The A/C circuit is fairly complicated on the Civic and includes a bunch of sensors and switches. Since you can ground the relay coil and the A/C works you can rule out a couple of things like the compressor clutch fuse, relay and wiring to the compressor clutch. Obviously the ECM isn't grounding the relay so let's start there and work backwards. I'll assume you don't have a scantool that can read live data or preform bi-directional control.
The ECM receives a message from the Multiplex Unit (under dash fuse box) when it receives a signal from the A/C compressor thermal protection switch. This (multiplex to ecm) is unlikely to have gone bad and would throw communication codes as well as other codes if it was.
So the thermal protection switch is up next. This is a fairly common failure item on Honda A/C compressors. If you follow the wiring from the A/C compressor there should be a plug with three wires. Two red and one blue, One of the red wires is for the compressor clutch the other paired with the blue wire is for the thermal protection switch. The blue wire leads to the multiplex unit. With the connector unplugged check for continuity. If there isn't any either replace the compressor or bypass the switch.
The thermal protection switch receives a signal from the A/C pressure switch on the red wire. If pressure is too low or high the switch interrupts the signal to the thermal protection switch. Without knowing A/C system pressure this is a guess as to whether the switch is good or bad. As an alternative you can bypass the switch temporarily.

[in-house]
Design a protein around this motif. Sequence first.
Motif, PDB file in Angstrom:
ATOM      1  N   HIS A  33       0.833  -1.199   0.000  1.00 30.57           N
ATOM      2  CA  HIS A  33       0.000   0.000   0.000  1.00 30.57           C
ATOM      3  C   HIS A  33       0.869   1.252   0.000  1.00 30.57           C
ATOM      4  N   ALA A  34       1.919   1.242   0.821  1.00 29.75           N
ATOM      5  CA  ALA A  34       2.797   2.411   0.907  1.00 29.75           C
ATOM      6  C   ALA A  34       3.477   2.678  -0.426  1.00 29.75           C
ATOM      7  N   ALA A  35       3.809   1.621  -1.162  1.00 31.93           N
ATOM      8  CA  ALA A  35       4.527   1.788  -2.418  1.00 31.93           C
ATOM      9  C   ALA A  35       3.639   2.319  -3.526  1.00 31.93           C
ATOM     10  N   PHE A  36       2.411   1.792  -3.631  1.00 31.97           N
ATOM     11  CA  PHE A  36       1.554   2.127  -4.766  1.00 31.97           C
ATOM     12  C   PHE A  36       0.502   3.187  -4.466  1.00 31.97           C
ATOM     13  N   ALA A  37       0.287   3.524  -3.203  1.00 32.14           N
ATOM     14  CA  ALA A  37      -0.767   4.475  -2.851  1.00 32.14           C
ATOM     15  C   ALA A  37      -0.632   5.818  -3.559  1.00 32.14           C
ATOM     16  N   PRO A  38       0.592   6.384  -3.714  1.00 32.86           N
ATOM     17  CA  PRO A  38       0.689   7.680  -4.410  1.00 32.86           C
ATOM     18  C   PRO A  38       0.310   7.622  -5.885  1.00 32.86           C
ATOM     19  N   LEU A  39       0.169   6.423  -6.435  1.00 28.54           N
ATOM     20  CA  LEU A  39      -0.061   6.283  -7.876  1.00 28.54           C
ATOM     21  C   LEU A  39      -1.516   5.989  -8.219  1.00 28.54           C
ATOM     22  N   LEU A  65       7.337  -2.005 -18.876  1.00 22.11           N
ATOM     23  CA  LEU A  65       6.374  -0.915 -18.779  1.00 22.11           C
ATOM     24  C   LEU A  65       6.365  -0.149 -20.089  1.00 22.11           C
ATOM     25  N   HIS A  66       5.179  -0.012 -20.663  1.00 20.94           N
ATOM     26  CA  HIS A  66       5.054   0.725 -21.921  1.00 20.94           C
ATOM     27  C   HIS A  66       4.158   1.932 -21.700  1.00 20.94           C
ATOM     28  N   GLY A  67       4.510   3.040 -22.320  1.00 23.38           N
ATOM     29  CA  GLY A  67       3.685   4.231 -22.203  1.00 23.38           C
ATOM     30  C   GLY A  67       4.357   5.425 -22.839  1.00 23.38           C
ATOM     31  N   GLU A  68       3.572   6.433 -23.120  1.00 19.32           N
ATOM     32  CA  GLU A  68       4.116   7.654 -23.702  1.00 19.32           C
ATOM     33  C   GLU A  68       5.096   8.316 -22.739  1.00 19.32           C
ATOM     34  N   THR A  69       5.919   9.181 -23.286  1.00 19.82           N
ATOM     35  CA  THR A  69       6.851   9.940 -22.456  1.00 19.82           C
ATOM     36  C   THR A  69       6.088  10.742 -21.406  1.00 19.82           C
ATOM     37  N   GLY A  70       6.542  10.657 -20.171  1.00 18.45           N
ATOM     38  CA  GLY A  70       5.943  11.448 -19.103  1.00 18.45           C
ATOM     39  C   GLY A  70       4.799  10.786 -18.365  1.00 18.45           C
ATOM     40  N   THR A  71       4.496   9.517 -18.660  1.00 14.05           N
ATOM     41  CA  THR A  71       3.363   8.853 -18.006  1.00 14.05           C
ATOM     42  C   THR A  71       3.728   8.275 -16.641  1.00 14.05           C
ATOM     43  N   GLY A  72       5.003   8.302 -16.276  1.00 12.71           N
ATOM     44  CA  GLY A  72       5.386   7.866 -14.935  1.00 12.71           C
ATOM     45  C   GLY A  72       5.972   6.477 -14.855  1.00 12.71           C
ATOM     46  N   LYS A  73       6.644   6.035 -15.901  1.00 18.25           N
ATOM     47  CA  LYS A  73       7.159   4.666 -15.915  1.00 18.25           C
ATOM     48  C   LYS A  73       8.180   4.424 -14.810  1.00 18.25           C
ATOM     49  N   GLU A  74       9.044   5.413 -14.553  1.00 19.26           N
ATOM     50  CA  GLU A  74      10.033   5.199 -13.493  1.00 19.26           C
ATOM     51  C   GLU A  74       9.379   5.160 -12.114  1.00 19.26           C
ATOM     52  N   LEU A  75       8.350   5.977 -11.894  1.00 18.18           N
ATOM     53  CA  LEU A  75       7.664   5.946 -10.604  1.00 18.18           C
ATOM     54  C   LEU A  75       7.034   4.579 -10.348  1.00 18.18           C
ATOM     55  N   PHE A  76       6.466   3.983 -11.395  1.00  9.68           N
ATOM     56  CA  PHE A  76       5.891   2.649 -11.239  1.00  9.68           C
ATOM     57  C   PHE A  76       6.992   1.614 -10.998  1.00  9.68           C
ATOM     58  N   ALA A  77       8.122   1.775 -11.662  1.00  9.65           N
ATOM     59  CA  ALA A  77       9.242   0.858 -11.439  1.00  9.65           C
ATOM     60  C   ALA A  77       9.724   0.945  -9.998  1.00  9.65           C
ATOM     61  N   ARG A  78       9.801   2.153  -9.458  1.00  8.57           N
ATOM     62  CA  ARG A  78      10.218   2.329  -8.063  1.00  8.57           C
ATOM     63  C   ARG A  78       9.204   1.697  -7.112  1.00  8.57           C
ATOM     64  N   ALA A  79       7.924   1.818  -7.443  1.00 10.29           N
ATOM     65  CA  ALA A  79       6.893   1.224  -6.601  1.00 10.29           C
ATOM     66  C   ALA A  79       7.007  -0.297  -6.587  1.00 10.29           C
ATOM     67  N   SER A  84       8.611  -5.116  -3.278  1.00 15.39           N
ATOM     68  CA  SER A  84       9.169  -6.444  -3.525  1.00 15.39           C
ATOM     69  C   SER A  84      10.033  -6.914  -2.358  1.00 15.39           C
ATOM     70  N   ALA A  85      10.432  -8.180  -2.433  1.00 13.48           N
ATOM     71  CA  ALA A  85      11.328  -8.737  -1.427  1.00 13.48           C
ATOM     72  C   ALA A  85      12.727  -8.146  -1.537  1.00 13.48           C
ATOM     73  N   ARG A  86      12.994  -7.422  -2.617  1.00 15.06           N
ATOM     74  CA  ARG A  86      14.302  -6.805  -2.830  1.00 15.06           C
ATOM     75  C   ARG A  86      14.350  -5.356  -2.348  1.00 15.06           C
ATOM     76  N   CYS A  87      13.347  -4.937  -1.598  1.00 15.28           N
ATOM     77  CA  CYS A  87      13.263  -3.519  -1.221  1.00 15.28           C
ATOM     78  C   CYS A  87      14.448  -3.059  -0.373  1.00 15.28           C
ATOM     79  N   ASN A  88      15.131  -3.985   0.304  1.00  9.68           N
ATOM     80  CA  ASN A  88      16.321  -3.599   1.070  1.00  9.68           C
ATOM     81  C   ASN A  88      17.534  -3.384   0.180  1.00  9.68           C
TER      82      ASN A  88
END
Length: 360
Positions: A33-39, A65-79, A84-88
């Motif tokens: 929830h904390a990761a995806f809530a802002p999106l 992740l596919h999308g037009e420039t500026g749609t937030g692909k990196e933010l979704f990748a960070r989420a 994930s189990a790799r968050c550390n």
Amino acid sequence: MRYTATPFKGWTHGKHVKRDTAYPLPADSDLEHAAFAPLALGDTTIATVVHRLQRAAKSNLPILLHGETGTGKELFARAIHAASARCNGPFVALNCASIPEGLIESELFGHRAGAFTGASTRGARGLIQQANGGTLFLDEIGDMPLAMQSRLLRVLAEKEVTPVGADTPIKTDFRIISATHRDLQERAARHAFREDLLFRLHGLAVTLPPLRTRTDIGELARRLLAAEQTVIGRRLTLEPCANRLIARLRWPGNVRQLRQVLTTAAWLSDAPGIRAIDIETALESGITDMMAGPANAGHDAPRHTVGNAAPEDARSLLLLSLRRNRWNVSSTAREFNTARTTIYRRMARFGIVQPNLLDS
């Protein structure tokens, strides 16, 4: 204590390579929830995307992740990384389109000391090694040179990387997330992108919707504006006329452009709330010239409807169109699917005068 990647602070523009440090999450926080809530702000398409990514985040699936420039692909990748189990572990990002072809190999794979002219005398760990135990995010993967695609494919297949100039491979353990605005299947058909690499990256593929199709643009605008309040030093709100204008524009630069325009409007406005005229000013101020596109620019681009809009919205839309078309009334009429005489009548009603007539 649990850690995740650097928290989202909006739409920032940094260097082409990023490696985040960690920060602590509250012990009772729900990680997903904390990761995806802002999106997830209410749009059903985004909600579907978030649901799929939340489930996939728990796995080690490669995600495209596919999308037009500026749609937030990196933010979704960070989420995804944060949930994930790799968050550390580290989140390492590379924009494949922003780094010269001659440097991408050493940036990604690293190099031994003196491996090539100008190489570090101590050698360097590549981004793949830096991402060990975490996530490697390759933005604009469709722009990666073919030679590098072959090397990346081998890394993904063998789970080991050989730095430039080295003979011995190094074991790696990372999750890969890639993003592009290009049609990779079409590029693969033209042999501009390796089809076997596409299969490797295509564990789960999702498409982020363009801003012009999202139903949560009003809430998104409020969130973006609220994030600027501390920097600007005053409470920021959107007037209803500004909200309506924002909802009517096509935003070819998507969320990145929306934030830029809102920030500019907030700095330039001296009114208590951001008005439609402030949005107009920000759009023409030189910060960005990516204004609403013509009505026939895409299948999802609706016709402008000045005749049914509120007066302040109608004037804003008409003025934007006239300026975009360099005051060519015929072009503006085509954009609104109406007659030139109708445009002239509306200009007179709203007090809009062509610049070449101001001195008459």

The A/C pressure switch receives a signal from the Heater Control Panel (Connector A pin 4 @ heater control panel). And the Heater Control Panel receives a signal from the A/C on/off switch (Connector B pin 15 @ heater control panel, this looks like it should be 12v or 5v one of the two...). And it looks like the only other input into the Heater Control panel is from the Evaporator Temperature Sensor.
Given the age of the car and not knowing whether the compressor has been replaced before, the part most likely to have failed is the thermal protection switch followed by wiring and the heater control panel. Multiplex units can fail but this is rare.